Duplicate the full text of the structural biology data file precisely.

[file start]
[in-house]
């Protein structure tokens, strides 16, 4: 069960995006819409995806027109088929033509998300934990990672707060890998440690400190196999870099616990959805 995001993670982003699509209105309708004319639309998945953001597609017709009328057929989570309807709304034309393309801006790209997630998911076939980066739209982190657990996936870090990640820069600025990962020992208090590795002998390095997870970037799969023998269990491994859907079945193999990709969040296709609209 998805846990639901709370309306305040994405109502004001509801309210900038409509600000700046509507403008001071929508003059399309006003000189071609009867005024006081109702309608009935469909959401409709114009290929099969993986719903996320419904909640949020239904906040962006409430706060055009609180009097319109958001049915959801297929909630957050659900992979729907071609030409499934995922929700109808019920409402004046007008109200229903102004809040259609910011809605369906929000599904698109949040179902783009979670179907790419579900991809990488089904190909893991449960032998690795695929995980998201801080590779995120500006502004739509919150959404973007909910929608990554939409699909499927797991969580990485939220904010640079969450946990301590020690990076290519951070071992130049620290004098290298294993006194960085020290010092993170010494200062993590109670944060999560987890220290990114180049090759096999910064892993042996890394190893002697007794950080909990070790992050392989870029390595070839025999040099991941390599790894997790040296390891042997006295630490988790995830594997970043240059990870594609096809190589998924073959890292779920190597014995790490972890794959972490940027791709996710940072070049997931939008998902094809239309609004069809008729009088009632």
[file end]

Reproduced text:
[in-house]
């Protein structure tokens, strides 16, 4: 069960995006819409995806027109088929033509998300934990990672707060890998440690400190196999870099616990959805 995001993670982003699509209105309708004319639309998945953001597609017709009328057929989570309807709304034309393309801006790209997630998911076939980066739209982190657990996936870090990640820069600025990962020992208090590795002998390095997870970037799969023998269990491994859907079945193999990709969040296709609209 998805846990639901709370309306305040994405109502004001509801309210900038409509600000700046509507403008001071929508003059399309006003000189071609009867005024006081109702309608009935469909959401409709114009290929099969993986719903996320419904909640949020239904906040962006409430706060055009609180009097319109958001049915959801297929909630957050659900992979729907071609030409499934995922929700109808019920409402004046007008109200229903102004809040259609910011809605369906929000599904698109949040179902783009979670179907790419579900991809990488089904190909893991449960032998690795695929995980998201801080590779995120500006502004739509919150959404973007909910929608990554939409699909499927797991969580990485939220904010640079969450946990301590020690990076290519951070071992130049620290004098290298294993006194960085020290010092993170010494200062993590109670944060999560987890220290990114180049090759096999910064892993042996890394190893002697007794950080909990070790992050392989870029390595070839025999040099991941390599790894997790040296390891042997006295630490988790995830594997970043240059990870594609096809190589998924073959890292779920190597014995790490972890794959972490940027791709996710940072070049997931939008998902094809239309609004069809008729009088009632």